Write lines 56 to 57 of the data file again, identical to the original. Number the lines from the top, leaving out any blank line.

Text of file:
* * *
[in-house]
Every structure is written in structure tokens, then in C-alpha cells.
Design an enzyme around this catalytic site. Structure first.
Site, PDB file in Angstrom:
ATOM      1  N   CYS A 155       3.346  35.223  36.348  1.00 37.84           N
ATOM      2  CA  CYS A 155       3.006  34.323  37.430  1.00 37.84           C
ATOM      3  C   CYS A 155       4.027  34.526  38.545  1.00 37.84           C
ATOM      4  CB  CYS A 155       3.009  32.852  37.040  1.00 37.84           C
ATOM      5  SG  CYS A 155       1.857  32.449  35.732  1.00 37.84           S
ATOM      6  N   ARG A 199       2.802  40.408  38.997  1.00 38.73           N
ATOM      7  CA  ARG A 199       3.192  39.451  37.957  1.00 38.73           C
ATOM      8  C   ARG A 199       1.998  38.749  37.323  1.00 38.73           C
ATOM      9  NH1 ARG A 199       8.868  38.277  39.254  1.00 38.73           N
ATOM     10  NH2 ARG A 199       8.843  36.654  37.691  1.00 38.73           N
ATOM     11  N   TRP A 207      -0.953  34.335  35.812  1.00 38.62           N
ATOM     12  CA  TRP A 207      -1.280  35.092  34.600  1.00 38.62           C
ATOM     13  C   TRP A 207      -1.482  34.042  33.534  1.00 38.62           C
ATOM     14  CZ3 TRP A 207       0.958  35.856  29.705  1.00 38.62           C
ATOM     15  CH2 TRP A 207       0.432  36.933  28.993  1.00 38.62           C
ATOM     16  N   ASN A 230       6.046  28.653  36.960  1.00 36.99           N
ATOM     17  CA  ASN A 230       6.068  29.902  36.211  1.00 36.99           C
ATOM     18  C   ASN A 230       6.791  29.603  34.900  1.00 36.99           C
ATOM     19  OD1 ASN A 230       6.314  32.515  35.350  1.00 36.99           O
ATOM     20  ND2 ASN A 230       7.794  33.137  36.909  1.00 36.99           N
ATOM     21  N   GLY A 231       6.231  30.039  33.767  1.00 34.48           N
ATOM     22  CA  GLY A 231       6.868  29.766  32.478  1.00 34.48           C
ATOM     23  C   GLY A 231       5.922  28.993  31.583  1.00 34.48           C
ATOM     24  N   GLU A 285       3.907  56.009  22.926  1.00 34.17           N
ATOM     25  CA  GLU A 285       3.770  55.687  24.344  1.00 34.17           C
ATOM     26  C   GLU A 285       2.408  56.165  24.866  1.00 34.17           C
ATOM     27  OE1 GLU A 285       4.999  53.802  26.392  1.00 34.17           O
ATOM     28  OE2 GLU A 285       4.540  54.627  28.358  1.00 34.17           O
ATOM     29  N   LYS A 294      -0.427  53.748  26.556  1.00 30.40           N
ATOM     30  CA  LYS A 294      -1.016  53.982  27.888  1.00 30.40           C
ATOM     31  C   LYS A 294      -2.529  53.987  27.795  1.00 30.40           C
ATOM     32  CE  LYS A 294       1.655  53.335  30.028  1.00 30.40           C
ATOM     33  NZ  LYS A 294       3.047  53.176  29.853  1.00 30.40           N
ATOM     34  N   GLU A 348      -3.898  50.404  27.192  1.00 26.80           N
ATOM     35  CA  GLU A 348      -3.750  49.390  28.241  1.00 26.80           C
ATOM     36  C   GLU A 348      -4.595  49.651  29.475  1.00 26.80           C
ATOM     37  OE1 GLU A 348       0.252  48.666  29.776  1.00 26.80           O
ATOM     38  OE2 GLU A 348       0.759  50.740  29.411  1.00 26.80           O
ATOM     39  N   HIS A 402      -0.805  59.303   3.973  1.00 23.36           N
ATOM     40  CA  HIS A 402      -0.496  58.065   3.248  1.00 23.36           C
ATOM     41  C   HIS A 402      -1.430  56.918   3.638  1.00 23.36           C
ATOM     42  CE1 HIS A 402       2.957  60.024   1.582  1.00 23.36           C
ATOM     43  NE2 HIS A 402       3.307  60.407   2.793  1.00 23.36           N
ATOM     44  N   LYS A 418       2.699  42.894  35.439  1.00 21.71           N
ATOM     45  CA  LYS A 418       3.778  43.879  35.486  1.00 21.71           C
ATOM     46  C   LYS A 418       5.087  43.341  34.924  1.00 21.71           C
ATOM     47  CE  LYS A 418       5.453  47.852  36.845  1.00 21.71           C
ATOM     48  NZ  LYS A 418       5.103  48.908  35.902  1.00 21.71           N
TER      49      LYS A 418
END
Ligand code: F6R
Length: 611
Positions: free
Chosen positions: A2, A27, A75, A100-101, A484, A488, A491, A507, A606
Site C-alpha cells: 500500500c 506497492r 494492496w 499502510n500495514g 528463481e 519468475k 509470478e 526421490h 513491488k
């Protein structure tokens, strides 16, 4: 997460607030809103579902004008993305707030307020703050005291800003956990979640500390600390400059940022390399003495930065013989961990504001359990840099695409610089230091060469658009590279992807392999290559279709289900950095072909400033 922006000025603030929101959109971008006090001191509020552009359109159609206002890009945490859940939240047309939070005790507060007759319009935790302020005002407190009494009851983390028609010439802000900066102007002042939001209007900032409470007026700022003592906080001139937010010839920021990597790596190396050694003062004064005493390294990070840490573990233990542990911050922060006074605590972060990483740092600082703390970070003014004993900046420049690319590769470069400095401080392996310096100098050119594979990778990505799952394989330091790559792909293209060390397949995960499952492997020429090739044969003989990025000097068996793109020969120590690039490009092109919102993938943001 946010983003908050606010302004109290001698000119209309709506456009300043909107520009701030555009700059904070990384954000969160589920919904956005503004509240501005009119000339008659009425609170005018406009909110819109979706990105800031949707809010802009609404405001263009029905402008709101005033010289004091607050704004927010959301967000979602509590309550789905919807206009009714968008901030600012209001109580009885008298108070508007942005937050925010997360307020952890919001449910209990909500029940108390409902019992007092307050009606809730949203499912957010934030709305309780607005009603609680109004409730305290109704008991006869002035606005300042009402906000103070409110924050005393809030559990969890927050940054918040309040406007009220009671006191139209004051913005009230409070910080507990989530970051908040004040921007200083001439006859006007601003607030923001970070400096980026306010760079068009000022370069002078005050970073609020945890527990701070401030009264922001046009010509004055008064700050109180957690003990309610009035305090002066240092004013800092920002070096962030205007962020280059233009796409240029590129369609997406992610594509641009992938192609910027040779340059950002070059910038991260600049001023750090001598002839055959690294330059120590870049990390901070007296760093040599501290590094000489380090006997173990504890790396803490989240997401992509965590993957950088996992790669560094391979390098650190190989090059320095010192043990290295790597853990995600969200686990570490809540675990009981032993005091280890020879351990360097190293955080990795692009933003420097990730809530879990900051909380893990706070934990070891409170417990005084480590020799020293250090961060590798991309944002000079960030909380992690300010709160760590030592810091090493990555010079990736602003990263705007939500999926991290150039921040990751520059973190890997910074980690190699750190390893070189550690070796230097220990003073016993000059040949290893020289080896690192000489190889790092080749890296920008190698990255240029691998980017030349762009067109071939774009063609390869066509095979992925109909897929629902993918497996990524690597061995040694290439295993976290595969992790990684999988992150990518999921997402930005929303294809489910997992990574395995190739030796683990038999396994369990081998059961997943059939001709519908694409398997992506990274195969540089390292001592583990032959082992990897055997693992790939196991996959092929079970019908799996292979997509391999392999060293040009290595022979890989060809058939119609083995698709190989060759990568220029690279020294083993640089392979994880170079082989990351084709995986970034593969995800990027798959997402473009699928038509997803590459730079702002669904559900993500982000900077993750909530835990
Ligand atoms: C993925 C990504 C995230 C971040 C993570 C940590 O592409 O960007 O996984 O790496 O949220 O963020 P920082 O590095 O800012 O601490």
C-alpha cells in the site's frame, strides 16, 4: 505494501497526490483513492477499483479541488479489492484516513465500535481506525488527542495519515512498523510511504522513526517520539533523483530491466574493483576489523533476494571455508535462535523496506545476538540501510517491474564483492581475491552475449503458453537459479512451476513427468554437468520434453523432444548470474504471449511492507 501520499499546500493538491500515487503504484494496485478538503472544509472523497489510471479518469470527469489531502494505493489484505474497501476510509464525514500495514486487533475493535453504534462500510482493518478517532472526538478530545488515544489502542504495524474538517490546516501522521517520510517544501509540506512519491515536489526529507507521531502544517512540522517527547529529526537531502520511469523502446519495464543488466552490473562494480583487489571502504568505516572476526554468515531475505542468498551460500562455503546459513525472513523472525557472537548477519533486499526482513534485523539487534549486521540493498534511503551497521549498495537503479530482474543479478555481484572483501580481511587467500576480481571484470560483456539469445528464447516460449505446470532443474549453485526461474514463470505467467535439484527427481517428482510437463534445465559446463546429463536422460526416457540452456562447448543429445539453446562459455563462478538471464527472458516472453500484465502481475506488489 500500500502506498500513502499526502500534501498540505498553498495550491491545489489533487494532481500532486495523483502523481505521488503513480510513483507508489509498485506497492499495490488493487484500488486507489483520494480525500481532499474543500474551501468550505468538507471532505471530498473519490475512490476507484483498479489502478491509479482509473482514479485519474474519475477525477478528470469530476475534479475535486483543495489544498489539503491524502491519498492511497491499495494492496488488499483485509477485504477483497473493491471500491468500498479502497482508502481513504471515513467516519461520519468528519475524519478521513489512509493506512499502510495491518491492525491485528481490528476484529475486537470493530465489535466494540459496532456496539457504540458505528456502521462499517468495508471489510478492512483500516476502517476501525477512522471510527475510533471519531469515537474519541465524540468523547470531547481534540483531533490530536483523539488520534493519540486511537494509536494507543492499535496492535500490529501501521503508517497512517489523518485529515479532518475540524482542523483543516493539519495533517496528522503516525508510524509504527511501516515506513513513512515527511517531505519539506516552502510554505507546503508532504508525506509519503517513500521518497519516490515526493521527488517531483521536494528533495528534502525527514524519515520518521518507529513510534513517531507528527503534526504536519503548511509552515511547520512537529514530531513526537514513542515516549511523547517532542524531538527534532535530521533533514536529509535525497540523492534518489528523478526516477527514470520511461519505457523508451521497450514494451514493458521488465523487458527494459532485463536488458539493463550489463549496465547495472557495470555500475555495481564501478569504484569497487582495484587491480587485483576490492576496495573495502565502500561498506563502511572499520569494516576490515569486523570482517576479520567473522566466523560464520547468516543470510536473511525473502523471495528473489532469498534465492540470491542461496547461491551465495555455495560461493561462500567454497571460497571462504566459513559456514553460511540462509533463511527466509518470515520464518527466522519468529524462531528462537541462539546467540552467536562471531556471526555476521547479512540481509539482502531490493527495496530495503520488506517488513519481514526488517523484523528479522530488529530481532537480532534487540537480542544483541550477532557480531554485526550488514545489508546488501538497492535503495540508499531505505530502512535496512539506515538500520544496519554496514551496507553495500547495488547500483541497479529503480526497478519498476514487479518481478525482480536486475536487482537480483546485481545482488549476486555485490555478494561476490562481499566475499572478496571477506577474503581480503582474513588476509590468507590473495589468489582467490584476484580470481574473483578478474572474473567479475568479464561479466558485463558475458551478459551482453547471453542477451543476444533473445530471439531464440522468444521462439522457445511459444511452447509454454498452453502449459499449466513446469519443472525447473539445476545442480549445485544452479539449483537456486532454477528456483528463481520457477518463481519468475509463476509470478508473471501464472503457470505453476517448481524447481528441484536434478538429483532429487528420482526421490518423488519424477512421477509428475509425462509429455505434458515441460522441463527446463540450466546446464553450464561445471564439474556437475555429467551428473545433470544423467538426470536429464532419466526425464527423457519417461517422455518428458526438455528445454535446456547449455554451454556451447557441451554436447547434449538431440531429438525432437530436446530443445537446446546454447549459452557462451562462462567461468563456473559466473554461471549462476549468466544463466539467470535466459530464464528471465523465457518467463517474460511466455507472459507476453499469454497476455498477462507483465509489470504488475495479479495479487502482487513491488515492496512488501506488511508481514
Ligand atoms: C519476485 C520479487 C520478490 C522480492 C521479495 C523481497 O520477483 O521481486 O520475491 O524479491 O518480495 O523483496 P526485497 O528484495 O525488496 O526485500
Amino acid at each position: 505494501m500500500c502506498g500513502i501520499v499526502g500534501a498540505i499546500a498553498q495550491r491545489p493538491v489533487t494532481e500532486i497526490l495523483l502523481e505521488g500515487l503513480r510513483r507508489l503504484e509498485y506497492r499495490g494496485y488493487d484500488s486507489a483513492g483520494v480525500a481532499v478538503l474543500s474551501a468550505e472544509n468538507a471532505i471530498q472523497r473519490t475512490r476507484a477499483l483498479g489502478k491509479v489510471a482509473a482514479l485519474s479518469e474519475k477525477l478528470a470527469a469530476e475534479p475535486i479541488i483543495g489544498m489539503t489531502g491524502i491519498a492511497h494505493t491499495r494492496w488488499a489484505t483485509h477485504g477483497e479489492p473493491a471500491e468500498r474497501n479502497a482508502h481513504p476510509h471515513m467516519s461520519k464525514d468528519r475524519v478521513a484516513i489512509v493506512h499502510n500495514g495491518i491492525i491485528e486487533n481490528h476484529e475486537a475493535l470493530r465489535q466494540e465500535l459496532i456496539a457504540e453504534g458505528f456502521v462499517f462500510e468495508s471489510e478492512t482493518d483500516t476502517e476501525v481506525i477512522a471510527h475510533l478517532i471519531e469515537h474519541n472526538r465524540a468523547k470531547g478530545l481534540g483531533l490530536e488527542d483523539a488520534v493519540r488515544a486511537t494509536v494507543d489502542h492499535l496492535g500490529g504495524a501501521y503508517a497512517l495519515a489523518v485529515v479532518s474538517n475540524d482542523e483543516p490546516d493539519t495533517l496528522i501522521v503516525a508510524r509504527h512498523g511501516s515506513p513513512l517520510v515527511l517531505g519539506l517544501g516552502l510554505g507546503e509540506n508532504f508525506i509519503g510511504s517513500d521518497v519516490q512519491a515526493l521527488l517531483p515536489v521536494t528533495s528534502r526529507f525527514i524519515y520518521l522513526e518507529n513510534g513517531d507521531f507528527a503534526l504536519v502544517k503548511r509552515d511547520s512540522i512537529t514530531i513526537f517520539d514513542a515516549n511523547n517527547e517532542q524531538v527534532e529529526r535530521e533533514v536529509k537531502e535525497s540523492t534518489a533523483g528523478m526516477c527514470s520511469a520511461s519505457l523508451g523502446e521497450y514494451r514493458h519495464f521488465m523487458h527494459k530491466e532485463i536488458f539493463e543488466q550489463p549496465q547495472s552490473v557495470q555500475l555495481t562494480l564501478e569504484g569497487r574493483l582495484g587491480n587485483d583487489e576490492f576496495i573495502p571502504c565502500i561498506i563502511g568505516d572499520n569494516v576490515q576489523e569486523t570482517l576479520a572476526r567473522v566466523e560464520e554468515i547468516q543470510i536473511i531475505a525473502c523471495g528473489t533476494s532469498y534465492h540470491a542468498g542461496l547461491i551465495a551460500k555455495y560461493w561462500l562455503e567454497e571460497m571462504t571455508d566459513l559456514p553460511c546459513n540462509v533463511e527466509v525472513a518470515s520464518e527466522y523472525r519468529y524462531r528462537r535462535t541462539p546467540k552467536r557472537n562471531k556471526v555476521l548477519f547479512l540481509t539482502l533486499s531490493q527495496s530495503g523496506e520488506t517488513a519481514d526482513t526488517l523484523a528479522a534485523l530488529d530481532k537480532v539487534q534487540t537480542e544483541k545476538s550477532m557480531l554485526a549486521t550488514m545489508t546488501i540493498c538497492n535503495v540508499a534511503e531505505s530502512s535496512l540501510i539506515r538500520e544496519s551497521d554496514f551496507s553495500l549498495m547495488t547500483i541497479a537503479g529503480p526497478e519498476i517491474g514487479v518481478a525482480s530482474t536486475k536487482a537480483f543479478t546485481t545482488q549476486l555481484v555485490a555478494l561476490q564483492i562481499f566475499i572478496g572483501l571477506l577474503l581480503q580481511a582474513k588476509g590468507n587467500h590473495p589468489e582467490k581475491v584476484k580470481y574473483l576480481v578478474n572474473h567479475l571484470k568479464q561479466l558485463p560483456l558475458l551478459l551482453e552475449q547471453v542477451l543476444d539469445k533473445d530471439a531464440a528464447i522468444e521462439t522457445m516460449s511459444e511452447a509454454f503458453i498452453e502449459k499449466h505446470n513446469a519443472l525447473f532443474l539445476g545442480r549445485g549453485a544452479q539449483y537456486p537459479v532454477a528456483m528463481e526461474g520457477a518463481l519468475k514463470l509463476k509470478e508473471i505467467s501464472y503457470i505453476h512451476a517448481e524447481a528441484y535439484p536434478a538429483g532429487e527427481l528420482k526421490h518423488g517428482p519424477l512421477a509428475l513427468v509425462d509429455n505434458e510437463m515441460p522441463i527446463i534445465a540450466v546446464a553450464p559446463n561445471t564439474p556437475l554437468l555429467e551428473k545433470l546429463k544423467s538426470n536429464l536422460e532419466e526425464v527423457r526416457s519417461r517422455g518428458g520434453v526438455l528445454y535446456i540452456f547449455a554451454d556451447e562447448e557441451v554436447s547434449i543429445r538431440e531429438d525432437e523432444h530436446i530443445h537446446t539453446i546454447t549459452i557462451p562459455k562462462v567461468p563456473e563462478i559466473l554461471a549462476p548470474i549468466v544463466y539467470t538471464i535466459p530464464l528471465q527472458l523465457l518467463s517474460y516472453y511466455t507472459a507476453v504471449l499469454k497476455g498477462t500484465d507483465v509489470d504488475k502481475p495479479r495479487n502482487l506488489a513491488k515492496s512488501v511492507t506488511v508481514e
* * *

Length: 611
Positions: free